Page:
Unfortunately, for the foreseeable future, you won’t have any snacks on most American Airlines flights. In an effort to reduce the spread of coronavirus, very few flights have any kind of onboard service for coach passengers — even for purchase. You can request a beverage, and if you’re flying over 900 miles you can expect some pre-packaged snack when you board.

Delta provides pre-packaged snacks for flights over 350 miles. That’s considerably more generous than American Airlines — and their food is notoriously healthy, as well!

Winner: Delta

Which has a better first class?

In terms of most luxurious domestic first class product, American Airlines is the champion. Its fantastic lie-flat seats aboard the Airbus A321 are top of the line. However, you’ll only find this on very few routes, including New York (JFK) to Los Angeles and San Francisco, and Boston to Los Angeles.

First class aboard Delta are not lie-flat. The airline does have lie-flat business class seats, which are paradoxically much nicer than their first class seats.

Read our post on the best domestic first class seats for more details.

Winner: American Airlines

American edges out Delta when it comes to their business class product. (Photo by Abdul N Quraishi – Abs/Shutterstock)


Which is best, American or Delta?

Delta is (and always has been) the better airline in terms of experience. They outperform American Airlines in nearly every way, such as inflight entertainment, coronavirus precautions, and change policies — but also things like cabin quality and on-time percentages.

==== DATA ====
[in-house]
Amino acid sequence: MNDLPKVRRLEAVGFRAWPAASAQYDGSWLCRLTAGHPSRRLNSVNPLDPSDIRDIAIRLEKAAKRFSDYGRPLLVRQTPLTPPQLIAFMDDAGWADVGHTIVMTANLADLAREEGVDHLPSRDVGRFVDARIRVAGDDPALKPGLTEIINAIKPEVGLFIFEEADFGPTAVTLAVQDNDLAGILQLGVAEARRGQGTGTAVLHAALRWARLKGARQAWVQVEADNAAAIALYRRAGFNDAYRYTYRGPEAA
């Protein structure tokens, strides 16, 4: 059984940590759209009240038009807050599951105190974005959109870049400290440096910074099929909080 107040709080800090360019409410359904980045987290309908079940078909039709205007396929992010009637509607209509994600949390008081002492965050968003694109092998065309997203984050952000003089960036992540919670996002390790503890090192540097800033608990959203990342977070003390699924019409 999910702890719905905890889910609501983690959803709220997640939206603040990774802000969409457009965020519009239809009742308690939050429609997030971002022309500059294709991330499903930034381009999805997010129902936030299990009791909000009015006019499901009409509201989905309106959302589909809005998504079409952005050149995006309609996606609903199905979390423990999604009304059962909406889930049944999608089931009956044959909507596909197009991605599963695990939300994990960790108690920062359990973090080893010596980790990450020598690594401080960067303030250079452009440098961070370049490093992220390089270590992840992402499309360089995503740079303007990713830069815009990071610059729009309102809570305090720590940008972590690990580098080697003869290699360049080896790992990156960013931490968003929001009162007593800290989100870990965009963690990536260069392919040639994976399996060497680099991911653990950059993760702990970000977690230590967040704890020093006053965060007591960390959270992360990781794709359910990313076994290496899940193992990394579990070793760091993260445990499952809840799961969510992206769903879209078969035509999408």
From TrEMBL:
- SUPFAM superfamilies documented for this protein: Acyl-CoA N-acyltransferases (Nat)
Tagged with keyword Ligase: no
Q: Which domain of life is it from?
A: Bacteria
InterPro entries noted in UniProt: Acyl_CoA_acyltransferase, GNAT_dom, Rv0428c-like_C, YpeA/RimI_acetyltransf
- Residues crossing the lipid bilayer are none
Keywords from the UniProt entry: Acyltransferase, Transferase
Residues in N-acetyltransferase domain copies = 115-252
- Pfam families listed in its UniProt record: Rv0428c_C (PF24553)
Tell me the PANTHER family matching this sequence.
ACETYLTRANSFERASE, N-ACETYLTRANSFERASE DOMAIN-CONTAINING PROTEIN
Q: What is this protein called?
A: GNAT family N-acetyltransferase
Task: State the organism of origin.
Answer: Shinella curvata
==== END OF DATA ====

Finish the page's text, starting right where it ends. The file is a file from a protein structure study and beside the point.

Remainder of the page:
American Airlines may have an edge when booking award travel, on the other hand. In my experience, award flights are almost always cheaper than the same routes on Delta. That increases American Airlines miles value and may be worth a more tattered cabin experience or a late flight now and again (read our guide on how to track American Airlines flights).

What airline is bigger between Delta and American Airlines?

American Airlines is the biggest airline in the world. In fact, they’ve got a whopping 200+ more planes than Delta. They’ve got a comprehensive network, existing in the largest airline alliance in the world — meaning booking with American can take you just about anywhere. Read our post on how to use American Airlines miles for more details.

Which airline has the most international flights?

American Airlines offers the most international flights of any airline in the world, clocking at over 360 destinations. Delta, on the other hand, serves around 330 international destinations

Bottom line

On nearly every front, Delta Air Lines comes in ahead of American Airlines. If you want the best domestic coach experience, they’re the ones to book.

It’s worth noting that I find less value from Delta miles than from American miles due to things like great sales, more destinations, and greater fleet size. There are loads of ways to earn both types of miles, so whichever you choose, you can know that your flight will be free.

Let us know which of these airlines is your favorite! And subscribe to our newsletter for more travel analysis posts like this delivered to your inbox once per day.

Meghan Hunter is an editor for Million Mile Secrets. She covers points, miles, credit cards, airlines, hotels and general travel. Her work has also appeared in The Points Guy.

Editorial Note: We're the Million Mile Secrets team. And we're proud of our content, opinions and analysis, and of our reader's comments. These haven’t been reviewed, approved or endorsed by any of the airlines, hotels, or credit card issuers which we often write about. And that’s just how we like it! :)